ARTICLE 38: Research Methods for Ph. D. and Master’s Degree Studies: Sampling Part 6 of 6

Written by Dr. Hannes Nel


Some academics and other scientists are of the opinion that the COVID-19 tests can be inaccurate by as much as 30 percent.

And there are those who believe that the mortality rates due to COVID-19 in some countries are much higher than the reported figures.

Perhaps it is true that findings and statistics are sometimes deliberately manipulated.

Then again, imagine how near impossible it must be to conduct research on an issue that affects the entire world.

Researchers often have no other choice than to make use of sampling.

And sampling facilitates efficiency and viability, not validity and accuracy.

I will discuss typical case sampling, unique-case sampling and volunteer sampling in this article.

Typical-case sampling

You can use typical-case sampling when you need to collect data on general items.

A typical-case sample is composed by identifying and including people who can be regarded as typical for a community or phenomenon.

Such a sample is used to avoid information, or worse, research findings and recommendations being rejected because they have been obtained from suspect, perhaps even deviant, cases.

It can also be used to avoid using data or opinions that are politically laden or otherwise manipulated.

A typical case sample should allow you, as the researcher, to develop a profile of what would generally be agreed as being average or normal.

Typical-case samples are often useful when large communities and complex problems are investigated.

Such samples enable those who are not familiar with a community to gain an understanding of the nature of the community in a relatively short time.

Members of the community can often help you to select items for a sample by suggesting criteria for such samples.

An example of a typical-case sample is when you choose your sample from a middle-class suburb rather than from a poor or rich suburb if you wish to do research on the spending habits of a city.

The spending habits of the poor and the rich would probably not be typical for the community.

Of course, your sample will be more representative of the community if you were to include poor, middle class and rich people in your sample.

But then you would be using random sampling or systematic sampling.

Unique-case sampling

In unique-case sampling, you would identify and include cases that are rare, unique or unusual in terms of one or more characteristics.

Such cases might agree with typical cases in other respects.

An example of unique-case sampling can be if you were to do research on the genetic makeup of a nation or tribe that has not been affected by die COVID-19 virus, or has been affected markedly less that the average for other countries.

Volunteer sampling

As in the case of snowball sampling, you will need to take intentional steps to gain access to individuals who are difficult to establish contact with.

Also, as in the case of snowball sampling, you might need to rely on volunteers for your sample group.

Then again, most research rely on the co-operation of volunteers.

You would typically start by approaching family members, friends, friends of friends, etc.

You can also ask for volunteers by posting an advertisement in a newspaper, ask for help on social media, write letters to possible volunteers, visit managers of businesses and ask them for assistance, etc.

Making use of volunteers whom you do not know as your sample can be risky.

You often do not have any control over the validity and accuracy, authenticity or sincerity of their responses to questions or any other contributions to your research.

It will, furthermore, be rather difficult to claim that your findings apply generally if you do not know the motives or reasons why volunteers became involved in your research project.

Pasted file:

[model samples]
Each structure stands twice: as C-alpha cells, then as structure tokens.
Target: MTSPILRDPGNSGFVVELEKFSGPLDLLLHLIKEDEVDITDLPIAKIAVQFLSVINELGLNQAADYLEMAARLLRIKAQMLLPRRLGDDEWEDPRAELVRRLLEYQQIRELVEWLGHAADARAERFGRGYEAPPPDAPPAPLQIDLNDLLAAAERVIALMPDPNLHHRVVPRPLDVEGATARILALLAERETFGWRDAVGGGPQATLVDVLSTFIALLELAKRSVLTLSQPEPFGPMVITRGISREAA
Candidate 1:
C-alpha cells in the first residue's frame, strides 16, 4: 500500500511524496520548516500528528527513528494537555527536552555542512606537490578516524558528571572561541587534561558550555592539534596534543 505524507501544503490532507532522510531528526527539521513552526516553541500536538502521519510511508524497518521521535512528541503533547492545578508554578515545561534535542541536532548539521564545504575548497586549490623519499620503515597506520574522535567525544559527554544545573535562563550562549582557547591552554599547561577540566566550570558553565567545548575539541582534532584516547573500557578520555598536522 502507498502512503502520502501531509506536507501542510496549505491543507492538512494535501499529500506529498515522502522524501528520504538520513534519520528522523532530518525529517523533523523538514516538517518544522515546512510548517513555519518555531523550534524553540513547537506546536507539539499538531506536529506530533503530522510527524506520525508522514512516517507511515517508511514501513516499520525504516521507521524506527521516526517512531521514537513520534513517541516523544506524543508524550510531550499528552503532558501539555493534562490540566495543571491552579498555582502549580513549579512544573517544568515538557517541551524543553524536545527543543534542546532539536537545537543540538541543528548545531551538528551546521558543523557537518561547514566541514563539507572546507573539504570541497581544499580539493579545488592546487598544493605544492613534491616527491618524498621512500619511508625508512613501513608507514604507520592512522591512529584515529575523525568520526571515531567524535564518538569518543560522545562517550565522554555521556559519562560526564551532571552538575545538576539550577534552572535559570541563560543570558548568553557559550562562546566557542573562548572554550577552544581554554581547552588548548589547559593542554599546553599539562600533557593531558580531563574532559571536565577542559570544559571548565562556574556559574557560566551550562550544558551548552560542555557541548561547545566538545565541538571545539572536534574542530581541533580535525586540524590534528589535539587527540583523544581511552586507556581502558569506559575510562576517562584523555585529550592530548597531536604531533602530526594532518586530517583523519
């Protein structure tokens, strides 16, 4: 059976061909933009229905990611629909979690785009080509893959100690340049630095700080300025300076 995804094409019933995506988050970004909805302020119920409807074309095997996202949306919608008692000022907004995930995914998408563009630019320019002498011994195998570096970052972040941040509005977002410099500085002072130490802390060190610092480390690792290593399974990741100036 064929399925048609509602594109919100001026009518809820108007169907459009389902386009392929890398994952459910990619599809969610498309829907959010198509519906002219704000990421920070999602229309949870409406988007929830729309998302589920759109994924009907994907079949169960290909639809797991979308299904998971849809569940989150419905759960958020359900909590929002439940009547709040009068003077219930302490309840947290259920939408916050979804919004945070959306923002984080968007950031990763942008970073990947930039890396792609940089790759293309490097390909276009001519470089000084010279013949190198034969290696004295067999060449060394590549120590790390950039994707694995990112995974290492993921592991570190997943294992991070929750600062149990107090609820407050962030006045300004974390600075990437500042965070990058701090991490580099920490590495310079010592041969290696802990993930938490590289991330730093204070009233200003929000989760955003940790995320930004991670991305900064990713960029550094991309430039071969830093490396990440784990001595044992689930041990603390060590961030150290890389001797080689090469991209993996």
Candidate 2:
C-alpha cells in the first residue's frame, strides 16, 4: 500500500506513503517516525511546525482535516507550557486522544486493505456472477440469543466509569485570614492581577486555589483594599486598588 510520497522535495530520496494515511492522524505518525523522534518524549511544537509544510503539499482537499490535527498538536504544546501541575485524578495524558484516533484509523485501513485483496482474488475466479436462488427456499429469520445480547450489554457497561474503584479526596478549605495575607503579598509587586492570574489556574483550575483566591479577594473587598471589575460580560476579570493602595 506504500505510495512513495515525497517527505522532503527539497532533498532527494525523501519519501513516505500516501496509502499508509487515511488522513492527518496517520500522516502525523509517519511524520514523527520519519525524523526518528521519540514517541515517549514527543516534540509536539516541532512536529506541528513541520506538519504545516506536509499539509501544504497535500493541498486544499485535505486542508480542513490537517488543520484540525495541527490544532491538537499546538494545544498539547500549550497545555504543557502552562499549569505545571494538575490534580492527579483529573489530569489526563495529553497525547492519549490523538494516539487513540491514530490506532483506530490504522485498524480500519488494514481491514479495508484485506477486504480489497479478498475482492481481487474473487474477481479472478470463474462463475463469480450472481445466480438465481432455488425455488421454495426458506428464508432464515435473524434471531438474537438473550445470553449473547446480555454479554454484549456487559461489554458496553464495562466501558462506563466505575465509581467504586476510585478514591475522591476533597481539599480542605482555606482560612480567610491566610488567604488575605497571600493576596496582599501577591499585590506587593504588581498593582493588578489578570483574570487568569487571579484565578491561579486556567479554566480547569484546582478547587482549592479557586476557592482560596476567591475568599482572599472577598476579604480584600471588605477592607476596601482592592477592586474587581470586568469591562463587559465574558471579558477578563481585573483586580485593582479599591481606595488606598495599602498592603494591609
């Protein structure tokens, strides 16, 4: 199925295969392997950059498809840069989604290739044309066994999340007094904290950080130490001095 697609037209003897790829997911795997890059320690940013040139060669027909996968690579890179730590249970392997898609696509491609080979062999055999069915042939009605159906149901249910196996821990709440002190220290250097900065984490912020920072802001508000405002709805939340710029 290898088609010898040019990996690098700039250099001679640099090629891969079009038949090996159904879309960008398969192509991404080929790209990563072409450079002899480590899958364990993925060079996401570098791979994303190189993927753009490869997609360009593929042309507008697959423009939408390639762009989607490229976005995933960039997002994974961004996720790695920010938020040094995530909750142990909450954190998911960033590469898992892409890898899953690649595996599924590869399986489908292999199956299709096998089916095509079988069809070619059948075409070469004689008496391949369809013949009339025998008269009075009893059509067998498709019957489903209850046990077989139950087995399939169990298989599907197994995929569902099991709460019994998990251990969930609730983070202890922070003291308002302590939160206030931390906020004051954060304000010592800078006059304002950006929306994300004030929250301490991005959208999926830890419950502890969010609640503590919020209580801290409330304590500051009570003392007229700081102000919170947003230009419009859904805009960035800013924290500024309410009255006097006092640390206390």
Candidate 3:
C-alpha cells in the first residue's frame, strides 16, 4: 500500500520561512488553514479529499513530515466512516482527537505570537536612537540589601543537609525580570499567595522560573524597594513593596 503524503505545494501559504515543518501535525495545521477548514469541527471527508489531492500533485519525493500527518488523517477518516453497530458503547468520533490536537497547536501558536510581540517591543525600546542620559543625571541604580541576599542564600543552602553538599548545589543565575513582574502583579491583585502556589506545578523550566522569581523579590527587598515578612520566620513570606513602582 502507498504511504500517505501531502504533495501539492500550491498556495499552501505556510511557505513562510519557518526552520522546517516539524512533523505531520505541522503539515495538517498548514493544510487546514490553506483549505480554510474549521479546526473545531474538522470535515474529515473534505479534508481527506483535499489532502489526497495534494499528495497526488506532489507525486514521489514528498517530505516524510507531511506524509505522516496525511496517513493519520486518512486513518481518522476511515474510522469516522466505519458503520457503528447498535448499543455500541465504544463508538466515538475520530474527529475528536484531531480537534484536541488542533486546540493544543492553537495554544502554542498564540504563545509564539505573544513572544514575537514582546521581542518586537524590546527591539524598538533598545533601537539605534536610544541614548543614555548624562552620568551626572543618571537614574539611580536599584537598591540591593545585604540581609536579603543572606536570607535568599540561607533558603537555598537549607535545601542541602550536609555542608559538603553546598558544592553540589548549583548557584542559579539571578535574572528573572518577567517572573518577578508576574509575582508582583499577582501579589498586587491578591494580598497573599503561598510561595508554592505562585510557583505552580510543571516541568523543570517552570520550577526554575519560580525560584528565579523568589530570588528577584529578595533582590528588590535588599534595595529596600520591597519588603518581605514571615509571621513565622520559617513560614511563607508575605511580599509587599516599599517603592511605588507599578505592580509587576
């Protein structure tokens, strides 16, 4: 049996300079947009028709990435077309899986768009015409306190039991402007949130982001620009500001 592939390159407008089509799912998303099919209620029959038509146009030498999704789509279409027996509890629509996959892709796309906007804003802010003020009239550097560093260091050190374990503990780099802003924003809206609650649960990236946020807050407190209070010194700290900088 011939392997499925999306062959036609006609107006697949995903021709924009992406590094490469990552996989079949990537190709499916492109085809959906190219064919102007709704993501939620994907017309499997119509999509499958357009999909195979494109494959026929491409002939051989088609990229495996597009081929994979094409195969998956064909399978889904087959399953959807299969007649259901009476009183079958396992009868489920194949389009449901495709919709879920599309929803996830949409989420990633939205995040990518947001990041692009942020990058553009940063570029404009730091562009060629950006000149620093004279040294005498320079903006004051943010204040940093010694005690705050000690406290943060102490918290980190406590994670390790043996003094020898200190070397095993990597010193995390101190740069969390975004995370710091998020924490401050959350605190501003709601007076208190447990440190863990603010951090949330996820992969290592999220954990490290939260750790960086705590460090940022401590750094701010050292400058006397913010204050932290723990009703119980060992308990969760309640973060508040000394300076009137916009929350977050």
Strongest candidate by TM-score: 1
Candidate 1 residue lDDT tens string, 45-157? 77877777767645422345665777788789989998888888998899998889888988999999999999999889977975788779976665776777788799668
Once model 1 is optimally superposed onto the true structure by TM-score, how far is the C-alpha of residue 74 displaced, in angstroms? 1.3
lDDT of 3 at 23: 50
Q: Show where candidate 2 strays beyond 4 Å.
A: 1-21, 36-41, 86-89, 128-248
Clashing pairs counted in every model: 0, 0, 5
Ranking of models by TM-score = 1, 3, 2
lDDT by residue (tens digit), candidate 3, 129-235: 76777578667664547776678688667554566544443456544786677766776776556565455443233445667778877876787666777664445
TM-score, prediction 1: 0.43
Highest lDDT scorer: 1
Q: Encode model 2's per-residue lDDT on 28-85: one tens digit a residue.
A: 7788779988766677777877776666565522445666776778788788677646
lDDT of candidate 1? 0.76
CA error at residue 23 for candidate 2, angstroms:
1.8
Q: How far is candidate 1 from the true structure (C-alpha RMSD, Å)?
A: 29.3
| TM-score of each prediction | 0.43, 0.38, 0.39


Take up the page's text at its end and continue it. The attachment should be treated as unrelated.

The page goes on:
Typical-case sampling can be used with good effect to avoid using subjective data. This is done by collecting data from a general population, items or phenomena.

Unique-case sampling is used to investigate rare, unique or unusual cases or phenomena.

In volunteer sampling people are asked to volunteer to be included in the sample.

Volunteers need to be screened to ensure that they are authentic and trustworthy.

This is my last video on sampling, Methods. Therefore, I guess it would be fitting if I were to summarise the links between the different types of sampling. Here it is:

  1. Cluster sampling is a form of stage sampling.
  2. Convenience sampling is a form of opportunistic sampling.
  3. Convenience sampling, dimensional sampling, quota sampling, purposive sampling and snowball sampling can be conducted as non-probability sampling.
  4. Extreme-case sampling is used in conjunction with most other types of sampling.
  5. Matched sampling and stratified sampling use systematic sampling.
  6. Multi-phase sampling is a form of stage sampling.
  7. Purposive sampling is a variant of boosted sampling.
  8. Reputational sampling and unique-case sampling are variants of extreme-case sampling.
  9. Snowball sampling is a form of volunteer sampling.
  10. Systematic sampling is a modified form of random sampling.
  11. Theoretical sampling is a form of criterion sampling and dimensional sampling.
  12. Time sampling includes instantaneous sampling, interval sampling and duration sampling.
  13. Typical-case sampling is related to case-study sampling.
  14. Typical-case sampling is the opposite of critical-case sampling.
Continue Reading

ARTICLE 37: Research Methods for Ph. D. and Master’s degree Studies: Sampling Part 5 of 6

Written by Dr. Hannes Nel


On face value sampling seems like a simple job.

And so it mostly is.

However, if you choose the wrong sample or you choose the sample incorrectly, you can destroy the validity and accuracy of your research project.

And you might have wasted a good number of years on fruitless research.

Think carefully about the examples that I offer in this post, especially the ones on systematic sampling.

I will discuss:

  1. Stratified sampling.
  2. Systematic sampling.
  3. Theoretical sampling.
  4. Time sampling.

In this post.

Stratified sampling

Stratified sampling is used to ensure that the sample is representative of a population with multiple characteristics that are evenly distributed amongst the population.

The research population is divided into homogeneous groups, with each group containing subjects with similar characteristics.

Such homogeneous groups are often called ‘sub-units’ or ‘strata’.

Samples are selected by making use of random selection procedures such as systematic sampling or simple random sampling.

For example, students at a specific university, which are the population on which the research will be conducted, can be grouped into a male and a female group.

Or they can be grouped per faculty.

Or per leisure time interests, etc.

If, for example, you wish to do research on the impact of leisure time interest on academic performance, you will need to investigate a representative sample from each leisure time interest group.